New trouble for Vietnamese boat
April 24 2003
By Meaghan Shaw

A boat carrying Vietnamese asylum seekers has broken down on an island off Singapore en route from Indonesia to Australia and its engine is irreparable, Foreign Minister Alexander Downer said yesterday.

The boat, carrying 31 Vietnamese people, left Vietnam on March 25 and arrived last week in Tanjung Pinang, near Singapore, where local officials organised engine repairs, refuelling and food and water.

Indonesian immigration authorities then escorted the boat into international waters before it returned with engine problems to Telang Island, in the Riau Archipelago.

It was the second boat this week revealed to be carrying Vietnamese asylum seekers who reportedly are heading to Australia.

Mr Downer said the other boat, carrying 42 Vietnamese, was being monitored by the Indonesians, although a spokesman for Immigration Minister Philip Ruddock said the boat was missing. It left South Kalimantan in Borneo on Saturday after being given provisions by Indonesians.

Mr Downer said the boats raised "sensitive questions" for Australia's relationship with Indonesia, but it was "extremely important not to handle this through a process of megaphone diplomacy".

He said the Government was making every effort to tackle people smuggling at a regional level and the fact the two nations were co-hosting a second people-smuggling conference next week showed how seriously the Indonesians took the issue.

The relationship between Australia and Indonesia was not strained, he said.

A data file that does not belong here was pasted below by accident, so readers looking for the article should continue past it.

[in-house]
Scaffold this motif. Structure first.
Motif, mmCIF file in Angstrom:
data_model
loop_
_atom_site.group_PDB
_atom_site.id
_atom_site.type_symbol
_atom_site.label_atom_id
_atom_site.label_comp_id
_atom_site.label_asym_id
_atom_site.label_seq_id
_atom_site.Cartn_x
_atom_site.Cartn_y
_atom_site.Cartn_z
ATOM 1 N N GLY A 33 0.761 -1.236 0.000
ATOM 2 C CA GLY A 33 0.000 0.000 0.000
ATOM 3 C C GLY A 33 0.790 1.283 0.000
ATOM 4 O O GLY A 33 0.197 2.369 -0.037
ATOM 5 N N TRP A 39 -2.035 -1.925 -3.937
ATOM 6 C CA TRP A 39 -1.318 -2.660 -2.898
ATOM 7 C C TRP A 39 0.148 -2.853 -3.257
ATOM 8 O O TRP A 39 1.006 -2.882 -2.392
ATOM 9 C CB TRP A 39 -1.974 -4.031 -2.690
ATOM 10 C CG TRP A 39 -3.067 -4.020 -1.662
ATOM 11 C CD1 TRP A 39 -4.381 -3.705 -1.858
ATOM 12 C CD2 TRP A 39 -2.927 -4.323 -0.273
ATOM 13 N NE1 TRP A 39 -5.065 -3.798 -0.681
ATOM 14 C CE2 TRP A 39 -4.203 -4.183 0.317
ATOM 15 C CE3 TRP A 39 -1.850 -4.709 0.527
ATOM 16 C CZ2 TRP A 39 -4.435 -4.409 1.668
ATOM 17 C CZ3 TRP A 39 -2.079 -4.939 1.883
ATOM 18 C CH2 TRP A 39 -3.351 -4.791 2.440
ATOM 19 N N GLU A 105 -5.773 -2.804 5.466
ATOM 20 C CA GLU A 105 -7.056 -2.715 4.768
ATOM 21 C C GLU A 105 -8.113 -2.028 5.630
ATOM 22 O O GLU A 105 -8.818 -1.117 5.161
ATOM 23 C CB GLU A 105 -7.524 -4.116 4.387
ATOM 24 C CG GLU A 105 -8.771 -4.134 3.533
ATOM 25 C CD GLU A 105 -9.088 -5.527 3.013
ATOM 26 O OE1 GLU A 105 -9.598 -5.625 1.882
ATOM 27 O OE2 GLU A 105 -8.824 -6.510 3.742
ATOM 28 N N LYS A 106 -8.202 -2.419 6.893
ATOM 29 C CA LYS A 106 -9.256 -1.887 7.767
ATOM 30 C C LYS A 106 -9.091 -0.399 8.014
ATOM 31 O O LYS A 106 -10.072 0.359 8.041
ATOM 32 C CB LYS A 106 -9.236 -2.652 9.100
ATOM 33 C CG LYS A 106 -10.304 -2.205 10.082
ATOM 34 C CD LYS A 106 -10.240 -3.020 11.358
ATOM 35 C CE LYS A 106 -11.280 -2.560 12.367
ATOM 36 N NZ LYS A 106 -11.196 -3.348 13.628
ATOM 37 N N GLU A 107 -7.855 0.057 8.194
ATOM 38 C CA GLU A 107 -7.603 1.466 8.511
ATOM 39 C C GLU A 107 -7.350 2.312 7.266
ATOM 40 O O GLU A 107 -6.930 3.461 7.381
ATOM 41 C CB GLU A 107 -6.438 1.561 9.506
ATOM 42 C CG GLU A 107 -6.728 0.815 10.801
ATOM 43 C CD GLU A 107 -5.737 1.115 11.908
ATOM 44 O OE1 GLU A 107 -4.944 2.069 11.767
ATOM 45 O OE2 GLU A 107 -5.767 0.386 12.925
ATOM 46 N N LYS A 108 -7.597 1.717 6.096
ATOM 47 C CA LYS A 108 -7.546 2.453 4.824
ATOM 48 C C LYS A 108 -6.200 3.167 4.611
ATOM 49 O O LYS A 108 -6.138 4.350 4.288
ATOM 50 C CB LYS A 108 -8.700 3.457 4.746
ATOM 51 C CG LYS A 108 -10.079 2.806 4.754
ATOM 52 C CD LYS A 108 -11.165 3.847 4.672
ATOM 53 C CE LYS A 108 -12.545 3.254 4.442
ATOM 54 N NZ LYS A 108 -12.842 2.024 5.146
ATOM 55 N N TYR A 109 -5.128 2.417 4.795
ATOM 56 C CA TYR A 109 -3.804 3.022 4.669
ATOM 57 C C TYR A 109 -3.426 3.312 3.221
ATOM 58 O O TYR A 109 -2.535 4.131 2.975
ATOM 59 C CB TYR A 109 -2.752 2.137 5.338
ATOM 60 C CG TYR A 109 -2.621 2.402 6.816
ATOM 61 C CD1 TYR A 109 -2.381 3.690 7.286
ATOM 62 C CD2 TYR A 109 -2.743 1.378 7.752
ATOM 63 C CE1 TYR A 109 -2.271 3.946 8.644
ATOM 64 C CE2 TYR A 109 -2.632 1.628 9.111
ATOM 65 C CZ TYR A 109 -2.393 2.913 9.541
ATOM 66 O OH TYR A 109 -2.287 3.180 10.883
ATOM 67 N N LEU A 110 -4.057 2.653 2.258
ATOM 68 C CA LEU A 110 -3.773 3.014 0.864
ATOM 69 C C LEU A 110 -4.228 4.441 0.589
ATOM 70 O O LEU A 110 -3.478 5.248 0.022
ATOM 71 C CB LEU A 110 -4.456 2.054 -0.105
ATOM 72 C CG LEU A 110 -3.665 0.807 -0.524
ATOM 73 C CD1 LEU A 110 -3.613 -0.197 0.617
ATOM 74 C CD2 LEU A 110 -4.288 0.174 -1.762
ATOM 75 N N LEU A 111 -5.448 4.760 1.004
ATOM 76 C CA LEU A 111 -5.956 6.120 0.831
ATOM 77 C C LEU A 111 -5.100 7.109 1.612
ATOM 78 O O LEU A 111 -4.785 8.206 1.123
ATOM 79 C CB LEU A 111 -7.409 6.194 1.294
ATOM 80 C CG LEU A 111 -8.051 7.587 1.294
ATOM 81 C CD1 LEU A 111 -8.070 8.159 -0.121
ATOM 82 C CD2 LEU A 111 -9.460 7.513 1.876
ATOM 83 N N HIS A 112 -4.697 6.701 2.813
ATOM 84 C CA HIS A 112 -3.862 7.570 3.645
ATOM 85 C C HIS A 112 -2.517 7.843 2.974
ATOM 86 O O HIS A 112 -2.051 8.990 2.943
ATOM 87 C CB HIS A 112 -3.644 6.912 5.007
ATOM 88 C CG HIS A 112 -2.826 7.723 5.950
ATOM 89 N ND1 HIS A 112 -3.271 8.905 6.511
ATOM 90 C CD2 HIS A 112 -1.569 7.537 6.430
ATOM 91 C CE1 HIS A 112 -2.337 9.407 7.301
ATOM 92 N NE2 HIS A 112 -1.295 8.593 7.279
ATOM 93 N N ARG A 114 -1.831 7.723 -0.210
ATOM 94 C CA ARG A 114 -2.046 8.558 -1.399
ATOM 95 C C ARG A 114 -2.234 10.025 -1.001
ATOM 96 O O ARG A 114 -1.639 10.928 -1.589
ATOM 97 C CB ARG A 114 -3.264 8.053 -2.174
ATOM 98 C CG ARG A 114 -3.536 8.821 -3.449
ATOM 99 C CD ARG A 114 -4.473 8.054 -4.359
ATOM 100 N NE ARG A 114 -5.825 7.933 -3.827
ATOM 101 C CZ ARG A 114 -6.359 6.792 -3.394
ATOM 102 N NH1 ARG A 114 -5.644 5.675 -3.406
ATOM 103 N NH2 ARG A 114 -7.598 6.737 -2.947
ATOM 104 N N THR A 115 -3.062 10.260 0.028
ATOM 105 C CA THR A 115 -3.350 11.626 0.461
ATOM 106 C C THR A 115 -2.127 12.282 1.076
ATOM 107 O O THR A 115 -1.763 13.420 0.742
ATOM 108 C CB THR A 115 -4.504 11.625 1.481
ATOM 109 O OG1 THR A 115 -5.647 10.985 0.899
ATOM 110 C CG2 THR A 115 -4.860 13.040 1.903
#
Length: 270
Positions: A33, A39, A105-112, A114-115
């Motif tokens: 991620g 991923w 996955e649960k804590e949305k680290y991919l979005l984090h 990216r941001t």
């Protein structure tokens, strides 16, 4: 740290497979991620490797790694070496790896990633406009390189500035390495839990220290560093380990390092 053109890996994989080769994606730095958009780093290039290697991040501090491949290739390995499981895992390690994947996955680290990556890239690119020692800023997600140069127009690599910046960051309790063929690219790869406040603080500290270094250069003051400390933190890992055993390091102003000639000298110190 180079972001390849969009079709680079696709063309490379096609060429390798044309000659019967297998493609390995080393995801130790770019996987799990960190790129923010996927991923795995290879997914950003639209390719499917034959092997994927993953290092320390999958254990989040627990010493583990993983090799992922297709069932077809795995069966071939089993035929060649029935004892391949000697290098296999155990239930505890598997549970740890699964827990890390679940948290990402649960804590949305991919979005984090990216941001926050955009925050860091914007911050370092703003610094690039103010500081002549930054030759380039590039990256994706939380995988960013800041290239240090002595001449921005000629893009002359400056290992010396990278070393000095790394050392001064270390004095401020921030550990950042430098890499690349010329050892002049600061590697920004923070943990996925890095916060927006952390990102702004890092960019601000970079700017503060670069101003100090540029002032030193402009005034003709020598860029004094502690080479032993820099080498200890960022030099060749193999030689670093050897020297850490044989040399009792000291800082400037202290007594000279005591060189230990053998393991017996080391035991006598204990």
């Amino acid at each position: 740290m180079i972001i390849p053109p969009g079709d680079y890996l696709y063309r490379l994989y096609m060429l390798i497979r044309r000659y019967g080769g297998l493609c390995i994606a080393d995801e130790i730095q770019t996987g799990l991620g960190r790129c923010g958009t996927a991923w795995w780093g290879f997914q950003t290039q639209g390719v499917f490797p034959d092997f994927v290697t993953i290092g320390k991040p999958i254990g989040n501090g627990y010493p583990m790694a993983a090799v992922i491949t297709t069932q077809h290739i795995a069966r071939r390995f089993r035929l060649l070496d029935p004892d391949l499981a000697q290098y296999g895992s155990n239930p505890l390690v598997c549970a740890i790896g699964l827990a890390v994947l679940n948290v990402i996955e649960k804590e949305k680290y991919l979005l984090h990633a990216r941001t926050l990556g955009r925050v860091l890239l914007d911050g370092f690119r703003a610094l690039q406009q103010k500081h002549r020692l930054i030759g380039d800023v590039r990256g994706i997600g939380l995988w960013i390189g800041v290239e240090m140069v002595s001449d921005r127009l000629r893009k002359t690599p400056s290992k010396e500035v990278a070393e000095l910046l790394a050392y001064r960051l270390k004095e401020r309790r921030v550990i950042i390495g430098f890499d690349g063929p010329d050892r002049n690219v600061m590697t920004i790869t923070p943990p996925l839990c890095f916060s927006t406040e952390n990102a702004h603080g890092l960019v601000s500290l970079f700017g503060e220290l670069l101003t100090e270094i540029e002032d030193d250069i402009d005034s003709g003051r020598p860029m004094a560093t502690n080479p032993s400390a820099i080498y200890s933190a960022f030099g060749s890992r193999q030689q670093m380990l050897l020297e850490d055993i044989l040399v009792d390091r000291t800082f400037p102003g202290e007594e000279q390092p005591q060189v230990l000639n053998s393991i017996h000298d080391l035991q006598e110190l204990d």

"We have a good relationship," Mr Downer said.

But Opposition Leader Simon Crean said Australia's relationship with Indonesia was so diminished that "they haven't even got to base one" in negotiating an agreement on people smuggling.

Australian Democrats leader Andrew Bartlett urged the Government to remove the 70 asylum seekers from the boats and process their refugee claims in Indonesia to ensure their lives were protected.

He also said Labor should reassess its policy, which supported the Government turning boats around.

"The lesson should have been learnt from the tragic deaths of over 350 people with the SIEV-X tragedy in 2001," he said. "We shouldn't allow the same mistake to happen again."

Vietnamese Community in Australia president Trung Doan urged the Government to accept the asylum seekers as "tens of people" was "hardly a wave", and it was unlikely others would follow.

He said the asylum seekers were fleeing persecution and they would not have risked their lives travelling to Aus-tralia by boat if they were not desperate.

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